IGLA Gears Up to Make St. John Green — Starting with Aluminum Recycling






IGLA plans to upgrade its aluminum can crusher soon. Gary “Buddha” Emmons stands at the ReSource Depot on Gift Hill Road.


ST. JOHN — The Island Green Living Association has set a lofty goal for Love City; nothing short of making the island a global model of environmental sustainability.
“We’re trying to position St. John as one of the ‘Greenest’ islands in the world,” said William Willigerod, a St. John architect and IGLA board member. “To do this, we we’re looking at a several step process and recycling is one,” Willigerod said.

IGLA is starting its green campaign with the island’s immediate need of recycling. Three years ago, the group opened the Resource Depot, a place on Gifft Hill where residents can donate and buy reusable building and renovation material. Since opening, the Resource Depot has diverted more than 100,000 pounds out of the St. Thomas landfill, explained Willigerod.

“We’re already recycling at our Resource Depot right now and we’re up to over 110,000 pounds over the past three and a half years,” Willigerod said. “And it keeps getting better and better. We are currently recycling construction materials and household goods ranging from very small things to a brand new hot tub.”

St. John has no landfill of its own and with the St. Thomas and St. Croix landfills ordered by the U.S. Environmental Agency to close by 2020, what to do with Love City’s waste poses a real problem. Since much of the waste generated on St. John could be recycled or composted, IGLA is focusing on reducing the waste stream, starting with a sustainable aluminum can recycling program.

The island’s current aluminum can recycling program was launched by the St. John Community Foundation which used to pick up cans at sites across the island and transport them to a facility on St. Thomas.

SJCF operated the program for several years under a grant from the V.I. Waste Management Authority. That grant, however, was pulled last year and V.I. WMA began overseeing the program themselves, often leaving the collection sites overflowing with cans.

IGLA, in collaboration with SJCF, plans to create a sustainable and even profitable aluminum can recycling program, Willigerod explained.

“We have several things happening,” said Willigerod. “We have two fairly large stakeholders getting ready to adopt us and allow us to bring in an aluminum can crusher for the community.”

“The crusher will allow us to do 600 cans in 60 seconds,” said the IGLA board member. “We’ll be able to fill up a container of recycling material and take it up to the states and make some money rather than send it to St. Thomas.”

The crusher will be operated by photo voltaic power and IGLA plans to keep the collection sites maintained, Willigerod added.

“We want to operate this off the grid to be green and keep costs down,” he said. “We plan to get those sites property maintained too.”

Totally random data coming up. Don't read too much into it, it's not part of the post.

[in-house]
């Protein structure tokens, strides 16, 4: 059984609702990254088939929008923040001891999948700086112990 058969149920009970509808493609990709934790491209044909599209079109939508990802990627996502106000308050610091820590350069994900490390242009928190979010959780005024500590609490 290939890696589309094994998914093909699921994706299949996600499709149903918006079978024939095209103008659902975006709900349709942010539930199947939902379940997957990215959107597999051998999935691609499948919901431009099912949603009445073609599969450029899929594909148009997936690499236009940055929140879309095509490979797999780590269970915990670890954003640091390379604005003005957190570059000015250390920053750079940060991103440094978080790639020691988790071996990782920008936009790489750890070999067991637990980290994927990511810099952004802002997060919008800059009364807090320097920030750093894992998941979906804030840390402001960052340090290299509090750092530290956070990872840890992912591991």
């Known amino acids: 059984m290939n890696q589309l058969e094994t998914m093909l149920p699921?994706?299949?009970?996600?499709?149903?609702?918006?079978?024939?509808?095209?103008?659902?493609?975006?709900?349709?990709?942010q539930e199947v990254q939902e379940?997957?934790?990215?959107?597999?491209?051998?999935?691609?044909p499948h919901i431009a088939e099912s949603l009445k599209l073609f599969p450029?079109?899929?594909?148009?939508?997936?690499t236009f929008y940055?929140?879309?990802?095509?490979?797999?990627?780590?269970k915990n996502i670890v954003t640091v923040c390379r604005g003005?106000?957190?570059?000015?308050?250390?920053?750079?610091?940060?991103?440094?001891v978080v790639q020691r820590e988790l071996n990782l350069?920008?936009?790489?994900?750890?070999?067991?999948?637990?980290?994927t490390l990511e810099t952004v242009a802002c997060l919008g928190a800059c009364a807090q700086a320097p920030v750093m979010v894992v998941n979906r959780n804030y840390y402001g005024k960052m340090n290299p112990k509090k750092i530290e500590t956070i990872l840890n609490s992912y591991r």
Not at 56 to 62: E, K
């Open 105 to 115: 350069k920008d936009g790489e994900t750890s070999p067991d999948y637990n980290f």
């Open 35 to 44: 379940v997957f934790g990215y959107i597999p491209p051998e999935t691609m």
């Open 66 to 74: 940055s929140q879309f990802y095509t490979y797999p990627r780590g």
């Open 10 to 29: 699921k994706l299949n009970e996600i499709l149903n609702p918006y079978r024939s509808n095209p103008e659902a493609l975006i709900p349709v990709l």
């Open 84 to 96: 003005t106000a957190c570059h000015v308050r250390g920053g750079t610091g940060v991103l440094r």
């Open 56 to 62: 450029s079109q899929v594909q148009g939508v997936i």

Once aluminum can recycling is up and running, IGLA will look into launching glass and plastic recycling, explained the group’s president Rob Crane.

“We’re starting with cans because they’re the most profitable and we’re confident that we can make a profit with that,” said Crane. “Then we’ll look at either glass, paper or plastic recycling with the idea of getting them all going eventually. We would ultimately be an example for other islands that even though you’re out in the in the middle of nowhere, you can still do this.”

In mid-November, IGLA board members met with Governor John DeJongh and other government officials to launch a partnership to bring a comprehensive recycling program to the island, and locate an affordable site for the can crusher and Resource Depot, Willigerod explained.

“Our objective is for the government to help us identify a site for IGLA where we could potentially relocate the Resource Depot,” he said. “Right now we’re paying $24,000 a year or so and if the government could find us a site, we could save that money.”

“The governor fully supports what we’re doing and he’s trying to find us land,” said Willigerod. “Of course it must be voted on by the Legislature, but if he can get this going, the next governor can pick up on it.”

The government’s help, in the form of government land, will enable IGLA to take a step closer to sustainability by allowing the group to use its funds for recycling objectives, explained Crane.

“We have the Resource Depot and we’re paying money for rent there,” said the IGLA President. “It would be nice to get to a position where we’re not paying rent anymore so the money we make can help offset any other costs. We’re looking for ways to recycle as much as possible and make it so that we’re not relying on grants to run the program.”

IGLA also has even bigger plans, which the group will announce in the next few weeks, Willigerod added.

“For the comprehensive recycling program what we’re trying to do is work with some companies in the states that are environmentally friendly and want to help us with this,” Willigerod said. “It will be a bigger announcement in the next few weeks.”

In the meantime, IGLA, a non-profit group which relies on donations and memberships to operate, will be the recipient of this years’s Coral Bay Golf Open. The mini-golf tournament fundraiser, on Saturday, January 24 at Skinny Legs, will support IGLA’s recycling program.

For more information about IGLA and how to get involved, go to www.igba-stjohn.org